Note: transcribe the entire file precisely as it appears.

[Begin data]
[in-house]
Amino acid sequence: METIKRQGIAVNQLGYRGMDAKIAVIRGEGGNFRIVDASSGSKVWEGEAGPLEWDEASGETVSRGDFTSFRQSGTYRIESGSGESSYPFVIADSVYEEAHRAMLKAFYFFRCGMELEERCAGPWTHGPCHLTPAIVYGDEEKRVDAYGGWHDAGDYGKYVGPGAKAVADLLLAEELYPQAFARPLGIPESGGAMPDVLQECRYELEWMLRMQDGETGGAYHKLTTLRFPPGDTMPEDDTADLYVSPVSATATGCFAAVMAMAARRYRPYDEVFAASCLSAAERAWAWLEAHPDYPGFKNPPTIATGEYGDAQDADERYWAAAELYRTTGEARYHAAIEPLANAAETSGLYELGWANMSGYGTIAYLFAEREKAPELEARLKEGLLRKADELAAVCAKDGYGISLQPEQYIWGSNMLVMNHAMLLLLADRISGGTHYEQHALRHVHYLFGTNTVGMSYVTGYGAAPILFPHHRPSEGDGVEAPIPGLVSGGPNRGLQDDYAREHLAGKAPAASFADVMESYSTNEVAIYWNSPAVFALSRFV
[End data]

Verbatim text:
[in-house]
Amino acid sequence: METIKRQGIAVNQLGYRGMDAKIAVIRGEGGNFRIVDASSGSKVWEGEAGPLEWDEASGETVSRGDFTSFRQSGTYRIESGSGESSYPFVIADSVYEEAHRAMLKAFYFFRCGMELEERCAGPWTHGPCHLTPAIVYGDEEKRVDAYGGWHDAGDYGKYVGPGAKAVADLLLAEELYPQAFARPLGIPESGGAMPDVLQECRYELEWMLRMQDGETGGAYHKLTTLRFPPGDTMPEDDTADLYVSPVSATATGCFAAVMAMAARRYRPYDEVFAASCLSAAERAWAWLEAHPDYPGFKNPPTIATGEYGDAQDADERYWAAAELYRTTGEARYHAAIEPLANAAETSGLYELGWANMSGYGTIAYLFAEREKAPELEARLKEGLLRKADELAAVCAKDGYGISLQPEQYIWGSNMLVMNHAMLLLLADRISGGTHYEQHALRHVHYLFGTNTVGMSYVTGYGAAPILFPHHRPSEGDGVEAPIPGLVSGGPNRGLQDDYAREHLAGKAPAASFADVMESYSTNEVAIYWNSPAVFALSRFV